On Monday, Kenyon College alum Michael Hayes published an open letter to his alma mater regarding the alleged rape of his sister, a current student. In the letter, shared on Facebook over 800 times, Hayes claimed Kenyon dropped his sister’s case despite overwhelming evidence of a nonconsensual encounter—including “documented injuries, a bed stained with her own blood,” and the fact that Chelsie identifies as a lesbian. She withdrew from Kenyon this week.

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With her consent, Hayes wrote that his sister Chelsie was taken to the hospital following a November 7, 2015 assault, and criticized the administrative process that followed:

And now, at the end of April, the process has officially concluded with the rejection of an appeal by a 19-year-old young woman who was sexually assaulted in her dorm room—in and out of consciousness—after drinking a bottle of wine, a couple of beers at the Cove, taking her three prescribed medications, and falling asleep in a residence hall that I, too, had lived in when I was her age, by a boy who insisted to her and to others that she was “too cute to be a lesbian.” Despite her documented injuries, a bed stained with her own blood, her sexual orientation, and the combination of that much alcohol and prescription medication in her body, the college concluded—both initially and on appeal—that there was insufficient evidence to conclude that it was more likely than not that the college’s policy on sexual assault had been broken at all.

Hayes, who along with his sister was raised in Gambier, the tiny Ohio town housing Kenyon’s campus, wrote that Chelsie, who was a sophomore, was considering suicide following the alleged assault. “Kenyon has betrayed my trust—a trust with the strength of 23 years,” the letter concludes. “Kenyon failed my little sister in a way that I, with her permission, refuse to be silent about.”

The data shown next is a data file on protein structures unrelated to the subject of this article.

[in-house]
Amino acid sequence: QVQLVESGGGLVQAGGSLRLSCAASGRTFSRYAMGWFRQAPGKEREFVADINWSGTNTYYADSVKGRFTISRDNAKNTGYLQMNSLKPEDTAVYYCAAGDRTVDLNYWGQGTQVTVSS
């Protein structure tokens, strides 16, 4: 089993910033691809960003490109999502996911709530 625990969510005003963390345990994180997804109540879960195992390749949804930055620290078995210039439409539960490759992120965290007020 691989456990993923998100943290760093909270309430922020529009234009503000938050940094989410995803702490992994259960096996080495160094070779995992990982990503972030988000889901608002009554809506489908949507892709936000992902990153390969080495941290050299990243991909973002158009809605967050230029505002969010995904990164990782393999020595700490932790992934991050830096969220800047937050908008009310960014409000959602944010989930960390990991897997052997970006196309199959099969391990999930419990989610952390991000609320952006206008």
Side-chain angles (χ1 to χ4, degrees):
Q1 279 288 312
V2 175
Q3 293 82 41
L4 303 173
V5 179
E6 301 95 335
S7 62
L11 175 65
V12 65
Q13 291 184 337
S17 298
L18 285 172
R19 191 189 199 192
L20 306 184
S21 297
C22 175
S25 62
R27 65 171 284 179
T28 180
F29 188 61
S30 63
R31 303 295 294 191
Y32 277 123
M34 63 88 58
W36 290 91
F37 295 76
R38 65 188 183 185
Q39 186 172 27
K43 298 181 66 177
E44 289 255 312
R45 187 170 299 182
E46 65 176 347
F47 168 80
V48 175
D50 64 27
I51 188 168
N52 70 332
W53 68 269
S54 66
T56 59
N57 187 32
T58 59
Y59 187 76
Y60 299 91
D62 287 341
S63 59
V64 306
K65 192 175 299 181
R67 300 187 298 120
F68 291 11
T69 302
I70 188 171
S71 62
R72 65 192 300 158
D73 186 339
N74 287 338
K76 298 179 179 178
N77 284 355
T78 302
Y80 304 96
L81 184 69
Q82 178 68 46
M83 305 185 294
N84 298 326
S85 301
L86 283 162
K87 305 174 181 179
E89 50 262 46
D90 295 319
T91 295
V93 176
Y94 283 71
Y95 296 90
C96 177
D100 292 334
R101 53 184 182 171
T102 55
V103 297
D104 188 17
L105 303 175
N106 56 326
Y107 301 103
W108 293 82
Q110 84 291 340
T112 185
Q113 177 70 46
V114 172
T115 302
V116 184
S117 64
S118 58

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(I should note that I’m an alum of Kenyon myself, but did not previously know any of the individuals involved here.)

In an email to Jezebel, Hayes added the process “infuriated” him because he believed there was quite a bit of evidence in his sister’s favor, including medical analyses that he said confirmed “Chelsie’s inability to consent given the reactions of her specific medications and alcohol consumption.”

One SANE [Sexual Assault Nurse Examiner] nurse read the initial investigative report and was floored when she detected dozens—literally dozens—of errors during her first read-through! An analysis of the wounds was straightforward and unambiguous, and it escapes me how a bed covered in blood did not merit due consideration in the final adjudication.

The rejection was issued on the grounds that there was insufficient evidence to suggest that it was more likely than not that my little sister’s rapist (1) knew or should have known that she was incapacitated and (2) that he failed to obtain “mutual and affirmative consent for each sexual activity.” It took my breath away. Would a reasonable person believe that a 19-year-old young woman dismissed her sexual orientation for the first time in her life to consent under the influence to sexual activities that resulted in physical injuries and a blood-stained bed?